The 2009 opportunistic infections guidelines[1] recommend azithromycin (Zithromax) 1200 mg once weekly or clarithromycin (Biaxin) 500 mg twice daily as preferred choices for prophylaxis against disseminated MAC (Figure 3). Most medical providers prefer the once weekly azithromycin given the convenience of weekly dosing and fewer drug-drug interactions with azithromycin than clarithromycin. For those patients with gastrointestinal intolerance due to the once weekly azithromycin dosing (1200 mg), the azithromycin dose can be divided into two 600 mg doses taken at least 24 hours apart. In a randomized placebo-controlled trial[11] of 182 patients, azithromycin reduced MAC bacteremia by 72% (23.3 versus 8.2%, on treatment)[11]. In a similar randomized, placebo-controlled trial of 682 patients, clarithromycin reduced disseminated MAC infection by 69% (6% versus 16%), but clarithromycin-resistant MAC was detected in 58% of the prophylaxis failures[12]. The California Collaborative Treatment group compared weekly azithromycin, daily rifabutin (Mycobutin), or both in preventing disseminated MAC and found that azithromycin was more effective than rifabutin (Figure 5), and that azithromycin plus rifabutin was the most effective regimen but was poorly tolerated[13]. Similarly, in an AIDS Clinical Trials Group study, clarithromycin and the combination clarithromycin plus rifabutin were more effective in preventing disseminated MAC than rifabutin alone (Figure 6), but, again, combination therapy was associated with more side effects[14].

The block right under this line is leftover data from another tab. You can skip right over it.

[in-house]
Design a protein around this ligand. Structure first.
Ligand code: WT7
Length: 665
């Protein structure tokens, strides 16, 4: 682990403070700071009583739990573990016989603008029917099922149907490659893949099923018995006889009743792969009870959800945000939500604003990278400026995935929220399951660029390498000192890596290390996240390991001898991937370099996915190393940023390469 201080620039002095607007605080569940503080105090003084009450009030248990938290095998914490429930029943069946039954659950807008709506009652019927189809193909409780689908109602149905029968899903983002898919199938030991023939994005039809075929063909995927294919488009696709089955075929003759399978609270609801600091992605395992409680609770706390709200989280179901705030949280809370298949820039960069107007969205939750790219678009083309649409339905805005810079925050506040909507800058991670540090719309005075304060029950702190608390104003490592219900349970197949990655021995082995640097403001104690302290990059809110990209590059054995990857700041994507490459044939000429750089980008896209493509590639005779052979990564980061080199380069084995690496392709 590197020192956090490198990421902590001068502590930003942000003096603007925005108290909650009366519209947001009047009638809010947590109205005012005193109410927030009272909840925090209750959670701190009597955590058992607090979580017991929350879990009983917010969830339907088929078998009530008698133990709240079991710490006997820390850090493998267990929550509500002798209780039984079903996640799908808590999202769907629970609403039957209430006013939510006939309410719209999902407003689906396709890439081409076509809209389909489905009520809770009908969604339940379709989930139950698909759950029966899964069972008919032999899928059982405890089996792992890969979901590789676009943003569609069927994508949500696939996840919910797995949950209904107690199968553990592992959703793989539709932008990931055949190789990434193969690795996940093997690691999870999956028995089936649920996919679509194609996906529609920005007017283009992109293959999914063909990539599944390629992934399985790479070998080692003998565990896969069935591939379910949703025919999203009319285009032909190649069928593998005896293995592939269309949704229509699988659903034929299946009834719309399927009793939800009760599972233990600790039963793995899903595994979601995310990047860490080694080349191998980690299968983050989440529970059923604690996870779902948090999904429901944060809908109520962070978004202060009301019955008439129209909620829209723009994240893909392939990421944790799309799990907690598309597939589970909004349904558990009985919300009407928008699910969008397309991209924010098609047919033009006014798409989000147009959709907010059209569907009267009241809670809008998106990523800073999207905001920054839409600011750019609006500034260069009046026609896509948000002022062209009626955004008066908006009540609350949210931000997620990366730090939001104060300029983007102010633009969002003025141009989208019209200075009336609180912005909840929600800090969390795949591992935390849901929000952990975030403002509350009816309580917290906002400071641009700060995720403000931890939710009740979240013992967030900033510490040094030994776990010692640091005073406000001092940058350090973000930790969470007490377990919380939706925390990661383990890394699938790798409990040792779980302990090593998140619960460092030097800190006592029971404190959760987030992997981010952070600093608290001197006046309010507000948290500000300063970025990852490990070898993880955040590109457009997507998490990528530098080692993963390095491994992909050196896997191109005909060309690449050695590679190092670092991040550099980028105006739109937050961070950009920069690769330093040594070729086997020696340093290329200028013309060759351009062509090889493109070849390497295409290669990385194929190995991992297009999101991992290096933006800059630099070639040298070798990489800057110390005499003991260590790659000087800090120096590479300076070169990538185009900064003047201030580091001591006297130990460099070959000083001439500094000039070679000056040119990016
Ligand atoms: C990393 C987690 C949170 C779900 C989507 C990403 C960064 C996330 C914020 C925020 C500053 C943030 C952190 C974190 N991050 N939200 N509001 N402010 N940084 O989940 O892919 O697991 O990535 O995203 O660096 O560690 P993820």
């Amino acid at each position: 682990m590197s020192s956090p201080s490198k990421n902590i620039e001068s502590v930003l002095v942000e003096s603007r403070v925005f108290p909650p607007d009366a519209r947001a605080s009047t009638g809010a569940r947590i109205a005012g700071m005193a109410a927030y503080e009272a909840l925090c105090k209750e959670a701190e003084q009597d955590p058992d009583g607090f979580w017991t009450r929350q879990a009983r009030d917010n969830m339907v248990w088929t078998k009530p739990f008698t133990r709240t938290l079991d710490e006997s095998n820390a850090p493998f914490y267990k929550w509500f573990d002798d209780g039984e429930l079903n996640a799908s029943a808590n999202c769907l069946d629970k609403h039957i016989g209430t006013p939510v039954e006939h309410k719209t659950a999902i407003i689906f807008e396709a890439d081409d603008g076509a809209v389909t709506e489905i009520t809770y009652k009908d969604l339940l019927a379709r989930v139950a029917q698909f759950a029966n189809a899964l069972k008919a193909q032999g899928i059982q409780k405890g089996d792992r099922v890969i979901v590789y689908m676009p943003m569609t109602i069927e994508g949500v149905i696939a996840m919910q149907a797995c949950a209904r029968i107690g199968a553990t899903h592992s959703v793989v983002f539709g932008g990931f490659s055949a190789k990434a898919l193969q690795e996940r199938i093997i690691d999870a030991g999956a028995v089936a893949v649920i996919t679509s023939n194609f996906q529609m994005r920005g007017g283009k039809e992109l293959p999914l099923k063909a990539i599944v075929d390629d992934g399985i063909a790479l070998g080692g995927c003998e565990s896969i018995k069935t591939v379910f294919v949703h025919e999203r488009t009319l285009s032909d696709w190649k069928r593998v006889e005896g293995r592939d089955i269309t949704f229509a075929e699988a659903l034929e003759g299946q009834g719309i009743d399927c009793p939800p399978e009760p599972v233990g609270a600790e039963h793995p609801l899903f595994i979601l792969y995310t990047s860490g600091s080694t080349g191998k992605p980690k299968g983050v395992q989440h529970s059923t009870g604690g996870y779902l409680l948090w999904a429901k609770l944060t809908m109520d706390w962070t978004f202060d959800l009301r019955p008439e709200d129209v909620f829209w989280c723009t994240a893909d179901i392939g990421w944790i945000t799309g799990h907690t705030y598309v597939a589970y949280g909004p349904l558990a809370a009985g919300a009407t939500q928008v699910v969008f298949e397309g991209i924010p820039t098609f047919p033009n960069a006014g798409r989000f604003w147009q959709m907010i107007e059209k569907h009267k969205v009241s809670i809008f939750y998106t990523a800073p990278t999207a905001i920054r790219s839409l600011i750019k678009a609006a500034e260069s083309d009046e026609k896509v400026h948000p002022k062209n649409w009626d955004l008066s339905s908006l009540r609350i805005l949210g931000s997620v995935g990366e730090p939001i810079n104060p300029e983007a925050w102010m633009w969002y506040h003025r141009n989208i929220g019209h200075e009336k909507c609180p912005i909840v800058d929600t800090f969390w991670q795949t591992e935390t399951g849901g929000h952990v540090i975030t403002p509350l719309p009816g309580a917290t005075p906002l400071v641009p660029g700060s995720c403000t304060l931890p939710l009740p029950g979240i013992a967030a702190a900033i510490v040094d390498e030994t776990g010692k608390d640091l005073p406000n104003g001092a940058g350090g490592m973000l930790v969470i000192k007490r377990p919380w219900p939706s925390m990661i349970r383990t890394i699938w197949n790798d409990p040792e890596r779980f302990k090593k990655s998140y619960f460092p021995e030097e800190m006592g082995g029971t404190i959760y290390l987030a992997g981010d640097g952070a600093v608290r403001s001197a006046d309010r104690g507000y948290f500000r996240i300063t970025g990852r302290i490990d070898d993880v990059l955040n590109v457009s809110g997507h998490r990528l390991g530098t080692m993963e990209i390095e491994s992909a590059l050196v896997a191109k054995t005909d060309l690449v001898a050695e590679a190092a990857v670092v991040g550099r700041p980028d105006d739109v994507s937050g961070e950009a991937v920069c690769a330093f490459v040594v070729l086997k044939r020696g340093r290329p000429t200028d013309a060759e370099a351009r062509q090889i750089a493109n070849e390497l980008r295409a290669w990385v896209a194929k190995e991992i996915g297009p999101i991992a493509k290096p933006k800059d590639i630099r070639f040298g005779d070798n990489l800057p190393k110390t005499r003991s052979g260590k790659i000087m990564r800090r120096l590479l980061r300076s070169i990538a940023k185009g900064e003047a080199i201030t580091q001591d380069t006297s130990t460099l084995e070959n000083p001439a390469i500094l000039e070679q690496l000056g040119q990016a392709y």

Recommended Alternative Prophylaxis Regimens